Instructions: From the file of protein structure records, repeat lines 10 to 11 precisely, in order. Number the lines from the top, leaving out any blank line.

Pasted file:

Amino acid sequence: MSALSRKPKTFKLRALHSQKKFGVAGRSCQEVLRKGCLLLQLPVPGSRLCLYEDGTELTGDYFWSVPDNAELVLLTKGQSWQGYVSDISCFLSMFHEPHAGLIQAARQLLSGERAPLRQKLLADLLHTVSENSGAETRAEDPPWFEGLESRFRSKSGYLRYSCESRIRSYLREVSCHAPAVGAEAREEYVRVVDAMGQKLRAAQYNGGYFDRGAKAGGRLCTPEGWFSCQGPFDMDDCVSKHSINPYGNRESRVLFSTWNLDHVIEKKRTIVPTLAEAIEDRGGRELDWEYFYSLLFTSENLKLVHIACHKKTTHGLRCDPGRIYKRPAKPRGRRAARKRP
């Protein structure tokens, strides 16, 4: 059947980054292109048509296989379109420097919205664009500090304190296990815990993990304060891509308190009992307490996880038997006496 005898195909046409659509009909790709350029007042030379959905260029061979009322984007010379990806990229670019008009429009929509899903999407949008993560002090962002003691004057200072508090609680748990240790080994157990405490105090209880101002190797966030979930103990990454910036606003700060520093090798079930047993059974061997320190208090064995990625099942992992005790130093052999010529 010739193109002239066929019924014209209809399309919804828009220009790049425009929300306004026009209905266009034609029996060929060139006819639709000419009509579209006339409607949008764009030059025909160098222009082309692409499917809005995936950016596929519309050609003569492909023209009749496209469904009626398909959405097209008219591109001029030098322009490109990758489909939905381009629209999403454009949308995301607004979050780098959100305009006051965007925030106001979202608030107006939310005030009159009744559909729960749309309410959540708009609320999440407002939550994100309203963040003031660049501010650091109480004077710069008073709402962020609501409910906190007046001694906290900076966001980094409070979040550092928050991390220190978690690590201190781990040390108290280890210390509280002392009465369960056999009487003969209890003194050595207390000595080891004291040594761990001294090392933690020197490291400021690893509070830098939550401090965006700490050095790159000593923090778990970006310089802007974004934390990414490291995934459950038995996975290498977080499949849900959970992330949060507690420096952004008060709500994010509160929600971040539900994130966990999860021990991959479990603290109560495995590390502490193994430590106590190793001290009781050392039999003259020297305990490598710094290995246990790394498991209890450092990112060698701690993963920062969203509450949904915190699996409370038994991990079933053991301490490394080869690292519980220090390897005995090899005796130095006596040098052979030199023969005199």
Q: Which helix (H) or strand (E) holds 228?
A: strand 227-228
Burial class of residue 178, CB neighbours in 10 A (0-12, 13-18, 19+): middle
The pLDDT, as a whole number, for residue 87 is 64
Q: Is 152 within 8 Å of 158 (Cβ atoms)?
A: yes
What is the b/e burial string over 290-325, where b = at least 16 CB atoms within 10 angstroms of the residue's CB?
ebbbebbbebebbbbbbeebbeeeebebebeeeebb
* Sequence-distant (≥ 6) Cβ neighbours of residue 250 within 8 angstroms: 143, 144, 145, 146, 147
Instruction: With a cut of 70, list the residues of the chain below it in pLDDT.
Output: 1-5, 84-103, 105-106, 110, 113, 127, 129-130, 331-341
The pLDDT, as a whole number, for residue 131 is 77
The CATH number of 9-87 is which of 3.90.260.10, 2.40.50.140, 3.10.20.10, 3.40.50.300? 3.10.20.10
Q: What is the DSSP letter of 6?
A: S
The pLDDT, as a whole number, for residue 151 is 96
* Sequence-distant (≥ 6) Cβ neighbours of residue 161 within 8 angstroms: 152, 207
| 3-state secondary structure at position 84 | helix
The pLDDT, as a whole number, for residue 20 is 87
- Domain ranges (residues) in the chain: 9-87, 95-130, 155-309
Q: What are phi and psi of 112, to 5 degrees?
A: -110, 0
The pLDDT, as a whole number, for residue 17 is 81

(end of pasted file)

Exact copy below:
ebbbebbbebebbbbbbeebbeeeebebebeeeebb
* Sequence-distant (≥ 6) Cβ neighbours of residue 250 within 8 angstroms: 143, 144, 145, 146, 147